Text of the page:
Impact on infant mortality in Milwaukee
The new NICU is a component of Columbia St. Mary’s ongoing commitment to building a healthy community.  Prematurity causes more than 50 percent of infant deaths.  Milwaukee’s infant mortality rate—the number of infant deaths (one year of age or younger) per 1000 live births—is the 7th worst among the 53 largest U.S. cities.  “The all-private NICU will bring at-risk babies to health quicker, thus increasing their chances to thrive once they go home,” said Bill Solberg, director of community services at Columbia St. Mary’s.  “Columbia St. Mary’s is also working to reduce infant deaths through numerous community outreach and education efforts, including our recent partnership with the City of Milwaukee Health Department to organize the Safe Sleep Sabbath.”  Columbia St. Mary's Safe Sleep campaign includes informative posters in each Mom/Baby room, distribution of “Back to Sleep, Tummy to Play” infant onesies to educate parents and others about the correct sleep positioning and providing Pack-and-Play cribs to families without the financial resources to purchase a bassinet or crib.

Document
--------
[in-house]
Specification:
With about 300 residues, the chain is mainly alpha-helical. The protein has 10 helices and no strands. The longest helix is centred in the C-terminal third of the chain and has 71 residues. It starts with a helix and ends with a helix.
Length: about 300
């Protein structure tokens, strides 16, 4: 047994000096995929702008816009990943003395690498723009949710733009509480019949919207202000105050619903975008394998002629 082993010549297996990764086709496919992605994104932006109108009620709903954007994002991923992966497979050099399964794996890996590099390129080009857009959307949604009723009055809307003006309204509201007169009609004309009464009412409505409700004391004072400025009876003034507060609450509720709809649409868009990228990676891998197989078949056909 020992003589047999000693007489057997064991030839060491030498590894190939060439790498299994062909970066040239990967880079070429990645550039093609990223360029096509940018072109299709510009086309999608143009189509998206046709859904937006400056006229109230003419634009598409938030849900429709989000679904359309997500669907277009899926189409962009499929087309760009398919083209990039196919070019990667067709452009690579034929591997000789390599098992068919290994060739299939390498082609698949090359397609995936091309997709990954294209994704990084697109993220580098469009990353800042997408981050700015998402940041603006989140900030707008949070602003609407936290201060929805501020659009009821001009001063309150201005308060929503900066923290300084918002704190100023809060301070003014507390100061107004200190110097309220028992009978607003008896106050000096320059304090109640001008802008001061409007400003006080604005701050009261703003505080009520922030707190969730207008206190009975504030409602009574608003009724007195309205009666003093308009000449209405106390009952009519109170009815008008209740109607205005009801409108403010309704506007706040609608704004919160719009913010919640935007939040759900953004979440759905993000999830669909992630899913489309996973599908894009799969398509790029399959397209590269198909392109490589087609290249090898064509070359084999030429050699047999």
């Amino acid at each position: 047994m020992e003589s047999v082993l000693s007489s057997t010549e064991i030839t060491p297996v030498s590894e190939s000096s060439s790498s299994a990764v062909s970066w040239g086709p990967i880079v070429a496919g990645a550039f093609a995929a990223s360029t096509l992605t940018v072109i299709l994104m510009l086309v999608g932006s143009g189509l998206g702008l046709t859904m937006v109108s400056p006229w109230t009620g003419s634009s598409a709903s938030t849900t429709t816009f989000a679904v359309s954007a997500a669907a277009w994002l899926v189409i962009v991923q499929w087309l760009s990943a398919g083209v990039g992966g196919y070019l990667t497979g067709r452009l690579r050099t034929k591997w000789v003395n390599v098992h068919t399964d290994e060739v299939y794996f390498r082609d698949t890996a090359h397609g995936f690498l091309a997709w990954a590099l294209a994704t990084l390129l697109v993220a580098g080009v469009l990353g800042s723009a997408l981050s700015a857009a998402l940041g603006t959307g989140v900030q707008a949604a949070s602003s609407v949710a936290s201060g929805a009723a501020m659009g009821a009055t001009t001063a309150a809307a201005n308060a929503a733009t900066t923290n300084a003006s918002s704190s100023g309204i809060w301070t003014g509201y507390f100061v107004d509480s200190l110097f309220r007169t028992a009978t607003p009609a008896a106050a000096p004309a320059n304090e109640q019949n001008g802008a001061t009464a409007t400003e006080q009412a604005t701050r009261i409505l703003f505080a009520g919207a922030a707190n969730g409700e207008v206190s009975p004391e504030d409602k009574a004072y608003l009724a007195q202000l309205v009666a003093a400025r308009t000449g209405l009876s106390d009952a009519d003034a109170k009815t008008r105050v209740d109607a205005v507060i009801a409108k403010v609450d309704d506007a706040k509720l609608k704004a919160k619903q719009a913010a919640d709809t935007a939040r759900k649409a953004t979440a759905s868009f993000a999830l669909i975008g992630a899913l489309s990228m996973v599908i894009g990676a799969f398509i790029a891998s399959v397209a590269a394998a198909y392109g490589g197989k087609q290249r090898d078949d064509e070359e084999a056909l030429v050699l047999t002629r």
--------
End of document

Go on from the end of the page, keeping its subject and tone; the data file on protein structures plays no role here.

Foundation provides critical financial support
Columbia St. Mary’s benefits from the support of generous donors to the Columbia St. Mary’s Foundation, which cultivates philanthropic support for Columbia St. Mary’s programs and services to make a positive difference in the health status and lives of patients, their families and the community, with special concern for those who are vulnerable.  Foundation support of the new NICU helped fulfill all three of its three priority funding areas: Advanced Treatments and Technologies, Exceptional Patient Experience and Community Impact Programs.  The Foundation provided $1.2 million towards the $3.5 million NICU project, including more than $265,000 raised at its gala this year, one of the highest amounts ever raised at this annual event.  Earlier Foundation support to the NICU provided Giraffe® OmniBeds®, the most state-of-the-art isolette available for premature infant care.  “We are extremely grateful to the Doerr Family for their long-time support of the Columbia St. Mary’s Foundation and their naming gift for the NICU,” said Lisa A. Froemming, president/CEO, Columbia St. Mary’s Foundation.  “They – and all of the donors who helped make this incredible NICU possible -- can take great pride in helping to ensure the greatest health outcomes for these fragile lives.”